The pivotal Kennedy opinion in Kelo is much stronger on the law* but it was weak on the facts. In essence, Justice Kennedy, despite superior legal reasoning, was snookered because the facts upon which the court decided things, the facts he assumed, were not the actual facts in real life. This is a mistake all the Supreme Court justices can avoid in the future. Unfortunately, deciding cases on facts that do not represent real life has opened a door where, more and more prevalently, New York agencies believe that they can have the latitude to take property as Justice Kennedy allowed in the particular instance of Kelo if they can state the facts of their case as other than they are in real life. In other words, if they can tell a good pretextual story.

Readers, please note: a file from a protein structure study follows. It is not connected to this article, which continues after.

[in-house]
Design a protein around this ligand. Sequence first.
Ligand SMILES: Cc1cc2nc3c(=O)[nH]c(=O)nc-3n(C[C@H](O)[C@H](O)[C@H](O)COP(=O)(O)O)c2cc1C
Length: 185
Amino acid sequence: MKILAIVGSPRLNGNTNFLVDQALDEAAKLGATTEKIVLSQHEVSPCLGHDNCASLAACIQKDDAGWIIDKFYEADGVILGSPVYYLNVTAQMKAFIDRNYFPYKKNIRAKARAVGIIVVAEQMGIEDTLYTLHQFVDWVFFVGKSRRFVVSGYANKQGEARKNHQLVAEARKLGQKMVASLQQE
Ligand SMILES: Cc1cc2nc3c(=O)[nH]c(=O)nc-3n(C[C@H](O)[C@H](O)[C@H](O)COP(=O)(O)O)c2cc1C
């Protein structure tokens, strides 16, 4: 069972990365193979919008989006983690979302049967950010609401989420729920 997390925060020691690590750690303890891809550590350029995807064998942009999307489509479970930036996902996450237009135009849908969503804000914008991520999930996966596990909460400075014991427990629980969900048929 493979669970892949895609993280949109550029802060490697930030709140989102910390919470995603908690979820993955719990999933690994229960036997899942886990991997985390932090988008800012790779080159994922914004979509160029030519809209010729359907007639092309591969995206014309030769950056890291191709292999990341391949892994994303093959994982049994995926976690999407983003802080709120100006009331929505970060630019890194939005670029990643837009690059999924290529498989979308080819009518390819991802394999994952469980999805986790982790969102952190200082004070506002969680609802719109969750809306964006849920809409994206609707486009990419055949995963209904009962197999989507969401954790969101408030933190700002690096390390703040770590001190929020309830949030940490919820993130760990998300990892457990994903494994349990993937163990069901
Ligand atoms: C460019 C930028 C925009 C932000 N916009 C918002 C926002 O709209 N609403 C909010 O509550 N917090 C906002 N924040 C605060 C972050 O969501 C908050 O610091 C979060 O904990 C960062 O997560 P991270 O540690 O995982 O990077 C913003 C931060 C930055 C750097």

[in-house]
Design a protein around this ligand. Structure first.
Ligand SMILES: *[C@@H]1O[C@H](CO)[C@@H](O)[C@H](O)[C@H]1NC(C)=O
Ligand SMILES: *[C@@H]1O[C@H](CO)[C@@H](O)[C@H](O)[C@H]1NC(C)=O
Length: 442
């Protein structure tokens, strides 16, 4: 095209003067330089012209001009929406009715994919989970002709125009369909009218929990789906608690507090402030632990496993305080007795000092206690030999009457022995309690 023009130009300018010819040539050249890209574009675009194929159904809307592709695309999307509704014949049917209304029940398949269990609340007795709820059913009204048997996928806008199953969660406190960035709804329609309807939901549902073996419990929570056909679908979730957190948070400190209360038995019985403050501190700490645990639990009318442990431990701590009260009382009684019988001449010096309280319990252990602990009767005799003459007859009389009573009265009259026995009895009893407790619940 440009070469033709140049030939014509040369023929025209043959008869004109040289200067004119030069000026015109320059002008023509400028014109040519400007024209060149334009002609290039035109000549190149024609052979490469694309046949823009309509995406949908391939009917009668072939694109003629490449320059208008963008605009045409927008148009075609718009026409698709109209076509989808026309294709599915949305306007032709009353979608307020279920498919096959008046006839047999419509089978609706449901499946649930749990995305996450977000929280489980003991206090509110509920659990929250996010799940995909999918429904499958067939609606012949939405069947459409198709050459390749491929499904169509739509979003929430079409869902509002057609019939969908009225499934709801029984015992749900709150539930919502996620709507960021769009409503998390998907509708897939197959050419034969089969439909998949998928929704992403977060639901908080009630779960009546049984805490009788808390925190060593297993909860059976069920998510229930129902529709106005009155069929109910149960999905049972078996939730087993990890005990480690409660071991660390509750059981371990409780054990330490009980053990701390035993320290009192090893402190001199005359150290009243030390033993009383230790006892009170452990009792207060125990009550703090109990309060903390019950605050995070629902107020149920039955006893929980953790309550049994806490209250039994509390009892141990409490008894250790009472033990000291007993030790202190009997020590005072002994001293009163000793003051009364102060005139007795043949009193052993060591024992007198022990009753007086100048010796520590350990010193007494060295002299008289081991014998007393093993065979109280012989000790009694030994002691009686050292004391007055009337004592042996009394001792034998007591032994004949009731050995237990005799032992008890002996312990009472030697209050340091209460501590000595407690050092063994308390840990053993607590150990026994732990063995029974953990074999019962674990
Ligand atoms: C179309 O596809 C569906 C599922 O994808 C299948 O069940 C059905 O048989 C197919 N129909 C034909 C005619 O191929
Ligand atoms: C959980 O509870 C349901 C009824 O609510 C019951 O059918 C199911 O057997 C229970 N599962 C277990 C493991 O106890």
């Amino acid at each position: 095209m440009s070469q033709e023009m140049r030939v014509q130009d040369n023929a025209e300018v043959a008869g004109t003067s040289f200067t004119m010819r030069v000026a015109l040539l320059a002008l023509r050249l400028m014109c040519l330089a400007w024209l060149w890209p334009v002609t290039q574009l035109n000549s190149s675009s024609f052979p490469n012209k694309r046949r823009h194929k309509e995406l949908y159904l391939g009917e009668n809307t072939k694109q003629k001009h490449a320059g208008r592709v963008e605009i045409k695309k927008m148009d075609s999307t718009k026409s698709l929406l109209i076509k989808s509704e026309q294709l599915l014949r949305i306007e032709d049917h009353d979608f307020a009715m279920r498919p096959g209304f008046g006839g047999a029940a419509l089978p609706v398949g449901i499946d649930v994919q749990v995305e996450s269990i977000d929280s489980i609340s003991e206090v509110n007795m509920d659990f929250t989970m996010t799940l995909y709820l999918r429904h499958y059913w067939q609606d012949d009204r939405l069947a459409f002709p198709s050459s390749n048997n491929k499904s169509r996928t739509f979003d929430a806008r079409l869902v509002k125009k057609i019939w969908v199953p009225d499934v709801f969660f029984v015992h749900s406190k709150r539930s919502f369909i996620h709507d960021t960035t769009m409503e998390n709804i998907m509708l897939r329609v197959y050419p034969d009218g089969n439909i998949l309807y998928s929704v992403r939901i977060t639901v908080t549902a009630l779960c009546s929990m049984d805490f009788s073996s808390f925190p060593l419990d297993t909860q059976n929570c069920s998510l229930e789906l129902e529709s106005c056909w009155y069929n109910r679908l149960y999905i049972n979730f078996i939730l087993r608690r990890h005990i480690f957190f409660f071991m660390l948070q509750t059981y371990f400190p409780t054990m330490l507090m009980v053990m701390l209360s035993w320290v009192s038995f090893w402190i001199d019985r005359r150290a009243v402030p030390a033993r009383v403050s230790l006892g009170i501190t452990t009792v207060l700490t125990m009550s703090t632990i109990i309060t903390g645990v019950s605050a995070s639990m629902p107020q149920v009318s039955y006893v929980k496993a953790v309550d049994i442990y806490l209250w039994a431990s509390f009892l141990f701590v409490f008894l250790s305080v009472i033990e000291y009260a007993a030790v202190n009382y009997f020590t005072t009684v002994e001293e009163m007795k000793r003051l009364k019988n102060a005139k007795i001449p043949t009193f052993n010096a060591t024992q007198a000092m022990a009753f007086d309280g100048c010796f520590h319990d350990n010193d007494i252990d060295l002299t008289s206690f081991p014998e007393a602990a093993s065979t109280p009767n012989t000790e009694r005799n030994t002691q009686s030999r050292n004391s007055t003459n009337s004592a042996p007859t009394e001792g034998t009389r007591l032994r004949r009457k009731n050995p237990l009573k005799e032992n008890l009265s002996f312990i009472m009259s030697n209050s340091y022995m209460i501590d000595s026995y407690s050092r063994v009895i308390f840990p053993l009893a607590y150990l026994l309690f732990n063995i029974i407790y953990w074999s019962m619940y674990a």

(* Civil rights attorney Norman Siegel was right on the law when, in the September 8, 2009 Public Advocate debate preceding the primary for Public Advocate, he said the Kennedy decision sets forth the current limitations on takings. For those struggling to understand why the Kennedy opinion is pivotal, consider this: Four justices signed onto Justice Stevens’ plurality opinion, not enough to uphold the taking. Exactly the same number, four, were prepared, without arguing the facts under discussion, to overturn and disallow the way eminent domain was used. The taking was upheld only because Kennedy voted in accordance with the reasoning of his separate opinion to uphold rather than overturn it. Kennedy voted to uphold it only because, based on his understanding of the facts, the precepts he expressed were not being violated. It can be argued that Kennedy’s precepts are not binding precedent because the exact facts relating to his precepts were not determined to be present in the case. But that dismissal of his guidance is weak since his precepts hewed so close to the actual facts of the case as opposed to being “dicta” (obiter dictum) that related to something highly hypothetical. )